The author of this poster aimed to map the diagnostic metrics of PSMA PET in men with high risk prostate cancer who relapse after radical prostatectomy. This is important because of the need to know if we are moving the needle by aggressive local therapy. Evidence shows that salvage radiation, for example, is useful for relapses following prostatectomy, but is more effective when performed at lower PSAs. Therefore, having a modality that can detect metastatic disease at low PSA thresholds would help sort patients in this category who would or would not benefit from further local therapy.
391 patients were retrospectively identified from a single institution. As expected, the PSMA-PET detection rate rose as PSA rose. The detection rate at a PSA <0.2ng/ml was 42%, which went up as high as 92% for a PSA >2.0ng/ml (see tables). The also documented which metastatic sites were likely to be identified based on PSA levels.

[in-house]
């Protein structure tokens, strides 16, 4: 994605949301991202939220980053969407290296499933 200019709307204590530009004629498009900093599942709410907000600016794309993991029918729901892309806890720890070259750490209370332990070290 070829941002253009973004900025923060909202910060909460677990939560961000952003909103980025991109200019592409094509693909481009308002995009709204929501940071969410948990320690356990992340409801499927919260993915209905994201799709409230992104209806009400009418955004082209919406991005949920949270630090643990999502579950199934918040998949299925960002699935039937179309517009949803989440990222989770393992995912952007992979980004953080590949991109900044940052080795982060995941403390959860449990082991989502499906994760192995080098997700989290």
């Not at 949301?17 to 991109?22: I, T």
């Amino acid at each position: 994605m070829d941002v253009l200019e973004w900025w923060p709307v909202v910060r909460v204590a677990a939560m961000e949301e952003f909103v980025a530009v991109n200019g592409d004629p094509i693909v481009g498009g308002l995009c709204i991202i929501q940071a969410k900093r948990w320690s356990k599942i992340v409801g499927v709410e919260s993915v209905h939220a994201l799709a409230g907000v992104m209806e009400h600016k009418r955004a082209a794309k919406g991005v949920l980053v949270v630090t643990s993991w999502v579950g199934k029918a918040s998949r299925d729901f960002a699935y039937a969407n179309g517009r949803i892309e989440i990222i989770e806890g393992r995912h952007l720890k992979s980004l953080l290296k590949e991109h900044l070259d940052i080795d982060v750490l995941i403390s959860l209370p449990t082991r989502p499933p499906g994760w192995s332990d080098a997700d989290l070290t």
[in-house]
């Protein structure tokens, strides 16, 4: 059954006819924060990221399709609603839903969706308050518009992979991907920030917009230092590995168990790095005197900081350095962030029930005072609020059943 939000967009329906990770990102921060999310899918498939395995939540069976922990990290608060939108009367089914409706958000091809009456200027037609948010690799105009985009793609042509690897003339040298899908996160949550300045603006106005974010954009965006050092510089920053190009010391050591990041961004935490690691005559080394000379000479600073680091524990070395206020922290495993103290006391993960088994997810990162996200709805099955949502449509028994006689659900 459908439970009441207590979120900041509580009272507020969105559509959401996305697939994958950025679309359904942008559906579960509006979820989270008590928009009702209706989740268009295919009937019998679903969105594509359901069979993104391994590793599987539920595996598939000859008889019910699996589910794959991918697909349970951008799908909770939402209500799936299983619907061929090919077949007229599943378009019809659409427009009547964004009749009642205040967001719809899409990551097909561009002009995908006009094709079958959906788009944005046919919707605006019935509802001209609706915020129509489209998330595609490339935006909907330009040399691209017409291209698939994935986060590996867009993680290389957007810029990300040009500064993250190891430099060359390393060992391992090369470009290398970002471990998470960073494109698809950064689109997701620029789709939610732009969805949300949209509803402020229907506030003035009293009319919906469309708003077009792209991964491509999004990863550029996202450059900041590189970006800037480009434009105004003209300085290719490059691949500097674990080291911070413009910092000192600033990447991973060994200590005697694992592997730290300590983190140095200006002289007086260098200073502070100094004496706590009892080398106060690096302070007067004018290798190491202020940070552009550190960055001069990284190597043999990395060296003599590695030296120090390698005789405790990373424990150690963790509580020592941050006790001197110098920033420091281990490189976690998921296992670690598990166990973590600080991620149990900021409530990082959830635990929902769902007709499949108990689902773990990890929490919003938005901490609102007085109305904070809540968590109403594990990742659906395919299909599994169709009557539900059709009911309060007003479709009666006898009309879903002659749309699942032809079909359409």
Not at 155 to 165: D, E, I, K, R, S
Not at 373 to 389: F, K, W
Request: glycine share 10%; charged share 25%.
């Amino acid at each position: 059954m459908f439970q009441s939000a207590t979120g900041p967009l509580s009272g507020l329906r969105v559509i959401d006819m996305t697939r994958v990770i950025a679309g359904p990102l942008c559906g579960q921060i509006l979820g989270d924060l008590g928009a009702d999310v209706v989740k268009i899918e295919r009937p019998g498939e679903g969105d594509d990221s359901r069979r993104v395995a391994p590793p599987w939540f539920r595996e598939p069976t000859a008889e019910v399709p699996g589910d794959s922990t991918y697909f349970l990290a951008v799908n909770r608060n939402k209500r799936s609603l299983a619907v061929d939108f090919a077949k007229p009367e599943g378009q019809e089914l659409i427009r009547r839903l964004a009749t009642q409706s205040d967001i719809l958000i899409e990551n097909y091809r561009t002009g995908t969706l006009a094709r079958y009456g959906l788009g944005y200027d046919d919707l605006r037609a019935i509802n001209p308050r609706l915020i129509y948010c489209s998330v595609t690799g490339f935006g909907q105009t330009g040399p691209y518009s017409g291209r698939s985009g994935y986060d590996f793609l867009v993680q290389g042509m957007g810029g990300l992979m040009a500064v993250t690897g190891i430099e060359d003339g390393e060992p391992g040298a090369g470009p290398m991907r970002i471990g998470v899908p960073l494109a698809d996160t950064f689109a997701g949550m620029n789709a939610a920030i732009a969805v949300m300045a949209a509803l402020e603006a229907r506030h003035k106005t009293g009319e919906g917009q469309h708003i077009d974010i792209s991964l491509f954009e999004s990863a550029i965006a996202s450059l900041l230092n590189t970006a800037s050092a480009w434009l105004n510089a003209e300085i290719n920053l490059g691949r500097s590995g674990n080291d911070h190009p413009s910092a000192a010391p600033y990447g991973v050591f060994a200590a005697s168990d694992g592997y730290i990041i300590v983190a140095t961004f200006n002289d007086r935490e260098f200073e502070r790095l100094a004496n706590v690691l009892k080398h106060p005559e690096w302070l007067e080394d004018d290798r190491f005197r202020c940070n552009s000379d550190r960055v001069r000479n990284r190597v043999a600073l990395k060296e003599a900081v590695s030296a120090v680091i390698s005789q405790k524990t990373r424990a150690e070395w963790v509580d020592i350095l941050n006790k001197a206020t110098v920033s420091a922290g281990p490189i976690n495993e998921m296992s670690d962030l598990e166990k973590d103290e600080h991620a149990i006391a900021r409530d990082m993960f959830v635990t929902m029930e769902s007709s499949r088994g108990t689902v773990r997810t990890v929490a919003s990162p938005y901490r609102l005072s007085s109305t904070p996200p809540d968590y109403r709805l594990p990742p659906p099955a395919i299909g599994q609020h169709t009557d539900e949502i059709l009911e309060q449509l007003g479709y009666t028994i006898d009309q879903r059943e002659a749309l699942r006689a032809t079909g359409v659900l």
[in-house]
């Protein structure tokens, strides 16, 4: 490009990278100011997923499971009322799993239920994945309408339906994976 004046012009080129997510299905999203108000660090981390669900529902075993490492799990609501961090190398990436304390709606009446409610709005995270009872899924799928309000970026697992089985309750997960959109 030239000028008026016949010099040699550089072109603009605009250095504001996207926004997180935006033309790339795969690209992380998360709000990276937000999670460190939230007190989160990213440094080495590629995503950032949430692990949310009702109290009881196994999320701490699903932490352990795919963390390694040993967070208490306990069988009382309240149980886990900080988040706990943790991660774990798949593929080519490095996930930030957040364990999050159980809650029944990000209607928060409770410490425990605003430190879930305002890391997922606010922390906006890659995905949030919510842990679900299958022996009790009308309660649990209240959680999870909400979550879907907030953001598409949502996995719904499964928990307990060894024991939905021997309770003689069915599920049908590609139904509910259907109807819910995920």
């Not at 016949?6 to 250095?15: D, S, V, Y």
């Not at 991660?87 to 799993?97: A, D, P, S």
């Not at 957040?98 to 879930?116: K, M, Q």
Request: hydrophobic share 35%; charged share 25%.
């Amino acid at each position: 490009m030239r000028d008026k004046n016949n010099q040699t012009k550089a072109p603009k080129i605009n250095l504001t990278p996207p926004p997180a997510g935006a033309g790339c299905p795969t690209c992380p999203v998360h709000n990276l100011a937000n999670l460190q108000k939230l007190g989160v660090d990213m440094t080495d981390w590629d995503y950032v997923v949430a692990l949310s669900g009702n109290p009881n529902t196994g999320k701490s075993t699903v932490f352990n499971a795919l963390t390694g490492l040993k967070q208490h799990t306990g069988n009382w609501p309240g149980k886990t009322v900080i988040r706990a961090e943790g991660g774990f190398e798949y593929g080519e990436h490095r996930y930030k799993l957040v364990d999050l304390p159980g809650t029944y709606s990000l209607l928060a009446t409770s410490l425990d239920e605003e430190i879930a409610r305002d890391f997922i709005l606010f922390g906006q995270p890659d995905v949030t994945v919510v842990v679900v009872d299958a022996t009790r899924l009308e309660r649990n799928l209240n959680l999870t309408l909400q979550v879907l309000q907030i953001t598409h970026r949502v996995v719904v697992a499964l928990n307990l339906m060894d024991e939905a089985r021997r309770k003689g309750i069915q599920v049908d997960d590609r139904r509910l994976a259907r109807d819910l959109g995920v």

This is a large patient cohort undergoing PSMA-PET for this specific purpose, and it is a helpful study for us to start to understand the abilities and limitations of this imaging modality. Hopefully, this information can be used in a rational way to help power future studies using this modality.
Presented by: Yuigi Yuminaga, Kingswood, Australia
Co-Authors: Chris Rothe, Kieran Beattie, Mohan Arianayagam, Bertram Canagasingham, Richard Ferguson, Mohamed Khadra, Raymond Ko, Ken Le, Sunny Nalavenkata, Celi Varol, Matthew Winter, Kingswood, Australia
Written by: Shreyas Joshi, MD, Fox Chase Cancer Center, Philadelphia, PA, @ssjoshimd at the 2018 AUA Annual Meeting - May 18 - 21, 2018 – San Francisco, CA USA